"It was summer, the bar had its windows open. Our group hit it off with a group of young ladies, We were all chatting and having a good time. I was talking to one of these girls, my buddy was behind her facing away from me talking to a few other people."

"A cloudless sulphur flies in and lands on little thing that holds coasters."

"Cue Jordan Peele sweating gif."

"The girl notices my tension, and asks if I am looking at the leaf. "Actually, that's a lepidoptera called..." I looked at the back of my friend's head, he wasn't looking, "I mean a butterfly..." I poked it and it spread its wings the girl says "oh that's a BUG?!" and I still remember my friend turning around slowly to look at me with chastisement. The ONE thing he told me not to do."

"I was 21, and was completely not aware that I already had a rep for being an oddball. It got worse from there."

– Phormicidae

*Teeth Chatter*

"I bite ice cream sometimes."


"That's how I am with popsicles. My wife shudders every single time."


Never Speak Of This

"I put ice in my milk."


"You should keep that kind of thing to yourself. Even when asked."

– We-R-Doomed

"There's some disturbing sh*t in this thread, but this one takes the cake."

– RatonaMuffin

More Than Super Hearing

"I can hear the television while it's on mute."

– Tira13e

"What does it say to you, child?"

– Mama_Skip


"I put mustard on my omelettes."

– Deleted User


– NotCrustOr-filling

Evened Up

"Whenever I say a word and feel like I used a half of my mouth more than the other half, I have to even it out by saying the word again using the other half of my mouth more. If I don't do it correctly, that can go on forever until I feel it's ok."

"I do it silently so I don't creep people out."

– LesPaltaX

"That sounds like a symptom of OCD (I have it myself). Some people with OCD feel like certain actions have to be balanced (like counting or making sure physical movements are even). You should find a therapist who specializes in OCD, because they can help you."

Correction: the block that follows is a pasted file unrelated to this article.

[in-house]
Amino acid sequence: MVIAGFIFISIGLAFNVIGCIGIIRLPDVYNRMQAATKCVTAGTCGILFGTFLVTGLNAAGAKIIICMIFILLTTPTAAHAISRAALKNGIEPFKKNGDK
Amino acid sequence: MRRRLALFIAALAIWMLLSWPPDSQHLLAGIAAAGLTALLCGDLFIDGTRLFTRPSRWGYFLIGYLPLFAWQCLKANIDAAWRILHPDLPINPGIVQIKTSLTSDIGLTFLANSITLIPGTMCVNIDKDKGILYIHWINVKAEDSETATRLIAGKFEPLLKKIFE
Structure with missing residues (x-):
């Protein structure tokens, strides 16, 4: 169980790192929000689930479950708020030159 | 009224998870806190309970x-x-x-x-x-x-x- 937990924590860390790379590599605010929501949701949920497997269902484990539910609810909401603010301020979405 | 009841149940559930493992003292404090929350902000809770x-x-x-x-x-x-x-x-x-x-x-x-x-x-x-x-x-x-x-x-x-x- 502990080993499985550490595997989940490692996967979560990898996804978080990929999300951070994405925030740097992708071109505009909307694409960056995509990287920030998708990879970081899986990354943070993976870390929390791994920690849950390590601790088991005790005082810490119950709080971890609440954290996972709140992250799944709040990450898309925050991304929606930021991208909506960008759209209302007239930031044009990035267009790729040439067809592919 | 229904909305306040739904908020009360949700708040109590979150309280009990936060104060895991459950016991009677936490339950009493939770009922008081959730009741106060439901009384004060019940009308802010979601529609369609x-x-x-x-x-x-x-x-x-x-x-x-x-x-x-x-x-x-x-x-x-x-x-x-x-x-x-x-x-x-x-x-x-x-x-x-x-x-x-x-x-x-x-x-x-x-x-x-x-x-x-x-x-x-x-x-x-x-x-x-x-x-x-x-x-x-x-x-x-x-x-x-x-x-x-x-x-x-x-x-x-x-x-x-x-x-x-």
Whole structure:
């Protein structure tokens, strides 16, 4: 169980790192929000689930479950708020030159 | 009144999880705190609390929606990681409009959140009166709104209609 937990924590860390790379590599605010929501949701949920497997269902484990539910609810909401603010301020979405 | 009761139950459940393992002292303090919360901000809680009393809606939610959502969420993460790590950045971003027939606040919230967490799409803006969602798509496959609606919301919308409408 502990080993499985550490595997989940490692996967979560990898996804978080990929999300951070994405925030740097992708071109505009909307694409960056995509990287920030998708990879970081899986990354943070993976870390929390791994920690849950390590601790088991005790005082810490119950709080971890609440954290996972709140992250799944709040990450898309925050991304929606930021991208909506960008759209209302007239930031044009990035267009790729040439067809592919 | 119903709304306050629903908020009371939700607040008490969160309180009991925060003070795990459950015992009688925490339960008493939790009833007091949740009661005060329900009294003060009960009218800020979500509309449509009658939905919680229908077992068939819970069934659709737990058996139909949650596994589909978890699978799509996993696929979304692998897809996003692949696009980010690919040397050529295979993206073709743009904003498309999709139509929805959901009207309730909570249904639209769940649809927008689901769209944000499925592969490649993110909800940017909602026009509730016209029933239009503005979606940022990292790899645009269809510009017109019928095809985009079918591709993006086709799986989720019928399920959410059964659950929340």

– MoonlightKayla

I totally have the same need for things to be balanced! Guess I'm weird and a little OCD!

Close up face of a woman in bed, staring into the camera
Photo by Jen Theodore

Experiencing death is a fascinating and frightening idea.

Who doesn't want to know what is waiting for us on the other side?

But so many of us want to know and then come back and live a little longer.

It would be so great to be sure there is something else.

But the whole dying part is not that great, so we'll have to rely on other people's accounts.

Redditor AlaskaStiletto wanted to hear from everyone who has returned to life, so they asked:

"Redditors who have 'died' and come back to life, what did you see?"


Happy Good Vibes GIF by Major League SoccerGiphy

"My dad's heart stopped when he had a heart attack and he had to be brought back to life. He kept the paper copy of the heart monitor which shows he flatlined. He said he felt an overwhelming sensation of peace, like nothing he had felt before."



"I had surgical complications in 2010 that caused a great deal of blood loss. As a result, I had extremely low blood pressure and could barely stay awake. I remember feeling like I was surrounded by loved ones who had passed. They were in a circle around me and I knew they were there to guide me onwards. I told them I was not ready to go because my kids needed me and I came back."

"My nurse later said she was afraid she’d find me dead every time she came into the room."

"It took months, and blood transfusions, but I recovered."


Take Me Back

"Overwhelming peace and happiness. A bright airy and floating feeling. I live a very stressful life. Imagine finding out the person you have had a crush on reveals they have the same feelings for you and then you win the lotto later that day - that was the feeling I had."

"I never feared death afterward and am relieved when I hear of people dying after suffering from an illness."



The Light Minnie GIF by (G)I-DLEGiphy

"I had a heart surgery with near-death experience, for me at least (well the possibility that those effects are caused by morphine is also there) I just saw black and nothing else but it was warm and I had such inner peace, its weird as I sometimes still think about it and wish this feeling of being so light and free again."